“Therefore, my brothers, whom I love and long for, my joy and crown, stand firm thus in the Lord, my beloved.” Paul introduces the note of “joy” in this exhortation to his readers in Philippi. He calls them his “joy” and his “crown”. Their response to his message had brought him joy and he saw their commitment to Christ as a crown to be placed on his own head as a reward. [NOTE 1 below}
Paul had already written that he hoped to hear of them that they were “standing firm in one spirit, with one mind striving side by side for the faith of the gospel.” Phil 1:27, He wanted them to be united in spirit, united in purpose, united in ministry as they stood firm, side by side for the gospel.
The church as the body of Christ has to be at unity within itself or it has no real witness to the world of how God can bring about reconciliation among different sorts of people. Some in the church in Philippi weren’t united as 4:1-2 shows. Two women had fallen out and had to be reconciled to each other.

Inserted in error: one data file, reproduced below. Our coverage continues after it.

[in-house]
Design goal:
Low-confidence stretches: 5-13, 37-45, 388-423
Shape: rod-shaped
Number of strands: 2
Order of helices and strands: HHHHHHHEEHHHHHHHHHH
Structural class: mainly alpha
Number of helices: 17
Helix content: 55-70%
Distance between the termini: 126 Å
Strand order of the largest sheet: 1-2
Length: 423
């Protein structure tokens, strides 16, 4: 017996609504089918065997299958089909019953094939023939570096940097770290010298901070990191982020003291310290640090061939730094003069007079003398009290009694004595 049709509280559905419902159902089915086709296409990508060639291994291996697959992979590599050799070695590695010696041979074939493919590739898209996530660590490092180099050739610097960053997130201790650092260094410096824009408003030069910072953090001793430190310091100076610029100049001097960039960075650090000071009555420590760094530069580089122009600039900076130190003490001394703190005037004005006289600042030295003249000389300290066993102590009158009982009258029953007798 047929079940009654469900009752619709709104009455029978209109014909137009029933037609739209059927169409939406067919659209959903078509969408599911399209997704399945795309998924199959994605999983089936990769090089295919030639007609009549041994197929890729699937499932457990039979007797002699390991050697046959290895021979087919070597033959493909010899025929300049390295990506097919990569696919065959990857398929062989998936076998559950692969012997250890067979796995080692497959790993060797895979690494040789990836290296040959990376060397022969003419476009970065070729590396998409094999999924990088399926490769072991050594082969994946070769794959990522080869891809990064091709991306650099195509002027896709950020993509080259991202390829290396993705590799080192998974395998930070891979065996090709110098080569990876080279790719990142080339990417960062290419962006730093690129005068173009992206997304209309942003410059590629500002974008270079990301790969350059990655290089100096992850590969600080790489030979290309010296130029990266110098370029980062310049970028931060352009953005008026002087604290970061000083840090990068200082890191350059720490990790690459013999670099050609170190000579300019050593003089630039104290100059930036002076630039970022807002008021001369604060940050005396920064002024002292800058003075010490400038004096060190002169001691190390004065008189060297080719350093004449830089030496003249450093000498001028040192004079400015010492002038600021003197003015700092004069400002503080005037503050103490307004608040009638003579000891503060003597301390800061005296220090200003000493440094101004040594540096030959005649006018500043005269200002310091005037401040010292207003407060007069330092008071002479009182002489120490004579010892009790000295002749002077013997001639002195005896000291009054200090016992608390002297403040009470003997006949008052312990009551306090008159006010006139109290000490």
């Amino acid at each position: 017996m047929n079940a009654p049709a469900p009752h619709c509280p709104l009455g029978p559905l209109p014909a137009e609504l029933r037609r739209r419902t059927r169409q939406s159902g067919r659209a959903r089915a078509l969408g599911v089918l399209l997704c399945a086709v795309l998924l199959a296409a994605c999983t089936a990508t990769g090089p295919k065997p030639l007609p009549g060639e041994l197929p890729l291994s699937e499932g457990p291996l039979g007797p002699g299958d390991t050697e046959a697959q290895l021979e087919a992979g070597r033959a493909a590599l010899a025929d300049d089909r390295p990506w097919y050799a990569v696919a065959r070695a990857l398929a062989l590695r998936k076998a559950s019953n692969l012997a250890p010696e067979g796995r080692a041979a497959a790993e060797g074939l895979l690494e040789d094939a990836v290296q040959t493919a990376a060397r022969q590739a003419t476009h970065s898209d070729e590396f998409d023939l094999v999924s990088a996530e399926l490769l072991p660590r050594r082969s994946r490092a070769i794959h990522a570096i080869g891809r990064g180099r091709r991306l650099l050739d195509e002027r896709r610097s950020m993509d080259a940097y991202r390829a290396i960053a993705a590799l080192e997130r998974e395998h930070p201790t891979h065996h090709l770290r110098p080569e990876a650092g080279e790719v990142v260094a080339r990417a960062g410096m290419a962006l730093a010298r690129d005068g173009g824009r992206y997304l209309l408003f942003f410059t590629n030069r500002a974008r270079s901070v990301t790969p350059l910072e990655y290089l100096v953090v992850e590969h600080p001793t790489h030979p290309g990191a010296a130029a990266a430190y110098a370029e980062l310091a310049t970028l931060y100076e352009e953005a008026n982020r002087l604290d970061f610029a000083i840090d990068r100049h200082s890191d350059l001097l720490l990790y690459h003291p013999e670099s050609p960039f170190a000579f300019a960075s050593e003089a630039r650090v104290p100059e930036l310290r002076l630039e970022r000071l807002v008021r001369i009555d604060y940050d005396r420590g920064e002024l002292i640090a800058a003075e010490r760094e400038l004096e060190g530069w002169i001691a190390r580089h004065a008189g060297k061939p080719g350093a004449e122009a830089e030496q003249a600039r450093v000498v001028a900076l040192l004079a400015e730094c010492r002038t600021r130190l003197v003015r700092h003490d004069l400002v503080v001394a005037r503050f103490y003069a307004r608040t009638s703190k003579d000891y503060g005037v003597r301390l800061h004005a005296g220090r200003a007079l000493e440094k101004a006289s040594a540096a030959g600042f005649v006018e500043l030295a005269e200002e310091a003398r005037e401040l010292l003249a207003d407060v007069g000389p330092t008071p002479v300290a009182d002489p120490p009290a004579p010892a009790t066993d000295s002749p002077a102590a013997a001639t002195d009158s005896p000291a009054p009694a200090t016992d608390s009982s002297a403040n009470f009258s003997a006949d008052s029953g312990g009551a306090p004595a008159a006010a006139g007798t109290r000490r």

2). The Command To Stand Firm Together In Faith In The Lord. Verses 2-3,
“I entreat Euodia and I entreat Syntyche to agree in the Lord. (3) Yes, I ask you also, true companion, help these women, who have laboured side by side with me in the gospel together with Clement and the rest of my fellow workers, whose names are in the book of life.”
The phrase, “to agree in the Lord” [αὐτὸ φρονεῖν ἐν Κυρίῳ] literally means “to think the same.” Paul wanted them to come to a common mind in the Lord, to end their disagreement.